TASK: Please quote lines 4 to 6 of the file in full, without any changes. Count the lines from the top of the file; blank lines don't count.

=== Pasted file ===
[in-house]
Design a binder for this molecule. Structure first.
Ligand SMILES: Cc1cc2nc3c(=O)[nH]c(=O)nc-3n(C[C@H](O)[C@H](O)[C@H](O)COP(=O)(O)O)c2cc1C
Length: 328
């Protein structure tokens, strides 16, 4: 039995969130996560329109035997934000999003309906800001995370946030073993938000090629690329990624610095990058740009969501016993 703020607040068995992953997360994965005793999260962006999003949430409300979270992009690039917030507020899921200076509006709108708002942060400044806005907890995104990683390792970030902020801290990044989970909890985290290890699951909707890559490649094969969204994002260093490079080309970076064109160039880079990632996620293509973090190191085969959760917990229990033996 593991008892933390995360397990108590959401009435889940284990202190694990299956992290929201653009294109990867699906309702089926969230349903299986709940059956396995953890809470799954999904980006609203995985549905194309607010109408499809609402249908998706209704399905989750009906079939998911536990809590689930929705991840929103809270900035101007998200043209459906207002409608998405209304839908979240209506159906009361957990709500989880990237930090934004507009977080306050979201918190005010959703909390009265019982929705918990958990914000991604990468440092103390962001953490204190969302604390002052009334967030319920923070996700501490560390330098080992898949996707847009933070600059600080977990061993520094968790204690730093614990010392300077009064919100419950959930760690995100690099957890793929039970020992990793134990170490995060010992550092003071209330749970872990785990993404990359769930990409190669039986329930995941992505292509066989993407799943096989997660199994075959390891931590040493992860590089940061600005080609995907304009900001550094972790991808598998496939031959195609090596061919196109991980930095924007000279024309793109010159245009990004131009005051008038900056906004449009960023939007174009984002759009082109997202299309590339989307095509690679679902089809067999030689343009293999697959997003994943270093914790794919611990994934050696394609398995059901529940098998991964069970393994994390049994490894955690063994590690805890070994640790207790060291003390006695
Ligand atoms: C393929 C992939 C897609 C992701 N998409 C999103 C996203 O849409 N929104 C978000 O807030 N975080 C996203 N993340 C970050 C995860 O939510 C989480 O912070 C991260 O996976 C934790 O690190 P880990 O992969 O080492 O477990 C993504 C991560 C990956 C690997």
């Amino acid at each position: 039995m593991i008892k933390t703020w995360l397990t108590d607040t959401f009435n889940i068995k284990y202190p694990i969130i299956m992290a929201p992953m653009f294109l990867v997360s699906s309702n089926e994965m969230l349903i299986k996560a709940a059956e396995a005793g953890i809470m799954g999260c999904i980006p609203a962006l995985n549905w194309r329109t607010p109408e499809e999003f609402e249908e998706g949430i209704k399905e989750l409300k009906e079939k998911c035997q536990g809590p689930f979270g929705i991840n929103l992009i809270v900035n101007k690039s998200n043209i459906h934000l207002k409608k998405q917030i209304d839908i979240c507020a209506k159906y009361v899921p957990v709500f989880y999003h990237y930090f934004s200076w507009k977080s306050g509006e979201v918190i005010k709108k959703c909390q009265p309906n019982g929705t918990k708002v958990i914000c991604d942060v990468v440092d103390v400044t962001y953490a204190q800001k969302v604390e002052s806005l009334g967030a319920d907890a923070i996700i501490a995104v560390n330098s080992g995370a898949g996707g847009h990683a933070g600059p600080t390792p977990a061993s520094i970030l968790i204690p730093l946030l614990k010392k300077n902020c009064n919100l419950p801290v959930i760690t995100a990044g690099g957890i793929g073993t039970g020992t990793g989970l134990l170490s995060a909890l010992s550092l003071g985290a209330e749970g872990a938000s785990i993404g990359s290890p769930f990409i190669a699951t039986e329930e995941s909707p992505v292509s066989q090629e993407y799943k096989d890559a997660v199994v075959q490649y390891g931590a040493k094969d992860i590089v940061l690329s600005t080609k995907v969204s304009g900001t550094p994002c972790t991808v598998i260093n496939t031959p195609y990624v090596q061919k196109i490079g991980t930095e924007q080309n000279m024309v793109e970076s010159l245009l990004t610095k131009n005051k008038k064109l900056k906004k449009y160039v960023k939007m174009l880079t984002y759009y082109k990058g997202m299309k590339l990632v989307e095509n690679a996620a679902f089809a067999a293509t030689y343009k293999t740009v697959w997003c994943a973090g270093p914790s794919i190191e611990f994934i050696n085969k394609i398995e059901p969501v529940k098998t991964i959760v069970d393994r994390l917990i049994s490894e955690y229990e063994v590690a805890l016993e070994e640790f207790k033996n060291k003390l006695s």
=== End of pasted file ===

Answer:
Length: 328
């Protein structure tokens, strides 16, 4: 039995969130996560329109035997934000999003309906800001995370946030073993938000090629690329990624610095990058740009969501016993 703020607040068995992953997360994965005793999260962006999003949430409300979270992009690039917030507020899921200076509006709108708002942060400044806005907890995104990683390792970030902020801290990044989970909890985290290890699951909707890559490649094969969204994002260093490079080309970076064109160039880079990632996620293509973090190191085969959760917990229990033996 593991008892933390995360397990108590959401009435889940284990202190694990299956992290929201653009294109990867699906309702089926969230349903299986709940059956396995953890809470799954999904980006609203995985549905194309607010109408499809609402249908998706209704399905989750009906079939998911536990809590689930929705991840929103809270900035101007998200043209459906207002409608998405209304839908979240209506159906009361957990709500989880990237930090934004507009977080306050979201918190005010959703909390009265019982929705918990958990914000991604990468440092103390962001953490204190969302604390002052009334967030319920923070996700501490560390330098080992898949996707847009933070600059600080977990061993520094968790204690730093614990010392300077009064919100419950959930760690995100690099957890793929039970020992990793134990170490995060010992550092003071209330749970872990785990993404990359769930990409190669039986329930995941992505292509066989993407799943096989997660199994075959390891931590040493992860590089940061600005080609995907304009900001550094972790991808598998496939031959195609090596061919196109991980930095924007000279024309793109010159245009990004131009005051008038900056906004449009960023939007174009984002759009082109997202299309590339989307095509690679679902089809067999030689343009293999697959997003994943270093914790794919611990994934050696394609398995059901529940098998991964069970393994994390049994490894955690063994590690805890070994640790207790060291003390006695
Ligand atoms: C393929 C992939 C897609 C992701 N998409 C999103 C996203 O849409 N929104 C978000 O807030 N975080 C996203 N993340 C970050 C995860 O939510 C989480 O912070 C991260 O996976 C934790 O690190 P880990 O992969 O080492 O477990 C993504 C991560 C990956 C690997």